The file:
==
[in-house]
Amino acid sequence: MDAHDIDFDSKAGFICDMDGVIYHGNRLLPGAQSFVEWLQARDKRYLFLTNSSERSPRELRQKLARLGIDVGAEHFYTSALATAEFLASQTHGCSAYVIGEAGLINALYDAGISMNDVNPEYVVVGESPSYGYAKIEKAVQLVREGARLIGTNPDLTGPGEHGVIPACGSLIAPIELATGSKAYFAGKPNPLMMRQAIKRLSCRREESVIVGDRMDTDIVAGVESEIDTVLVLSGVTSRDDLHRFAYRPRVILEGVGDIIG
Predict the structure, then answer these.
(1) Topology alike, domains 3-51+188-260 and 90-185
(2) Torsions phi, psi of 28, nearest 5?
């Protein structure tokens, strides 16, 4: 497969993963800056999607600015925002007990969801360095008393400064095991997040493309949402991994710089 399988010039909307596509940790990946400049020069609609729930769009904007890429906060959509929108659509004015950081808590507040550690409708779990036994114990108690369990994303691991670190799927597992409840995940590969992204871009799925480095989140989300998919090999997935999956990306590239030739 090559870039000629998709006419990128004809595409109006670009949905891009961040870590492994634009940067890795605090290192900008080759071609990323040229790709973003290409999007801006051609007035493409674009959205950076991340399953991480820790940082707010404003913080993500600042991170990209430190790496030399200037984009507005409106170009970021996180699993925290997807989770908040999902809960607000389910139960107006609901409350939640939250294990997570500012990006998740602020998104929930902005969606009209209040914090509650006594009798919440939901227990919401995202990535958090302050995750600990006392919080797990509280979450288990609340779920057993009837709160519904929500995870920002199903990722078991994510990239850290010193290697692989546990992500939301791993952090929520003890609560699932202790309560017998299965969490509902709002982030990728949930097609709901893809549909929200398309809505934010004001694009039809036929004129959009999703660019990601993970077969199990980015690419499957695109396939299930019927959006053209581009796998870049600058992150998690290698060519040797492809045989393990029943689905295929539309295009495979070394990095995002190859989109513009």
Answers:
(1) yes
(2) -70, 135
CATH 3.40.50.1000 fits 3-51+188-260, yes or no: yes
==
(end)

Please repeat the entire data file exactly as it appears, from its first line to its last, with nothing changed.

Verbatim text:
[in-house]
Amino acid sequence: MDAHDIDFDSKAGFICDMDGVIYHGNRLLPGAQSFVEWLQARDKRYLFLTNSSERSPRELRQKLARLGIDVGAEHFYTSALATAEFLASQTHGCSAYVIGEAGLINALYDAGISMNDVNPEYVVVGESPSYGYAKIEKAVQLVREGARLIGTNPDLTGPGEHGVIPACGSLIAPIELATGSKAYFAGKPNPLMMRQAIKRLSCRREESVIVGDRMDTDIVAGVESEIDTVLVLSGVTSRDDLHRFAYRPRVILEGVGDIIG
Predict the structure, then answer these.
(1) Topology alike, domains 3-51+188-260 and 90-185
(2) Torsions phi, psi of 28, nearest 5?
């Protein structure tokens, strides 16, 4: 497969993963800056999607600015925002007990969801360095008393400064095991997040493309949402991994710089 399988010039909307596509940790990946400049020069609609729930769009904007890429906060959509929108659509004015950081808590507040550690409708779990036994114990108690369990994303691991670190799927597992409840995940590969992204871009799925480095989140989300998919090999997935999956990306590239030739 090559870039000629998709006419990128004809595409109006670009949905891009961040870590492994634009940067890795605090290192900008080759071609990323040229790709973003290409999007801006051609007035493409674009959205950076991340399953991480820790940082707010404003913080993500600042991170990209430190790496030399200037984009507005409106170009970021996180699993925290997807989770908040999902809960607000389910139960107006609901409350939640939250294990997570500012990006998740602020998104929930902005969606009209209040914090509650006594009798919440939901227990919401995202990535958090302050995750600990006392919080797990509280979450288990609340779920057993009837709160519904929500995870920002199903990722078991994510990239850290010193290697692989546990992500939301791993952090929520003890609560699932202790309560017998299965969490509902709002982030990728949930097609709901893809549909929200398309809505934010004001694009039809036929004129959009999703660019990601993970077969199990980015690419499957695109396939299930019927959006053209581009796998870049600058992150998690290698060519040797492809045989393990029943689905295929539309295009495979070394990095995002190859989109513009």
Answers:
(1) yes
(2) -70, 135
CATH 3.40.50.1000 fits 3-51+188-260, yes or no: yes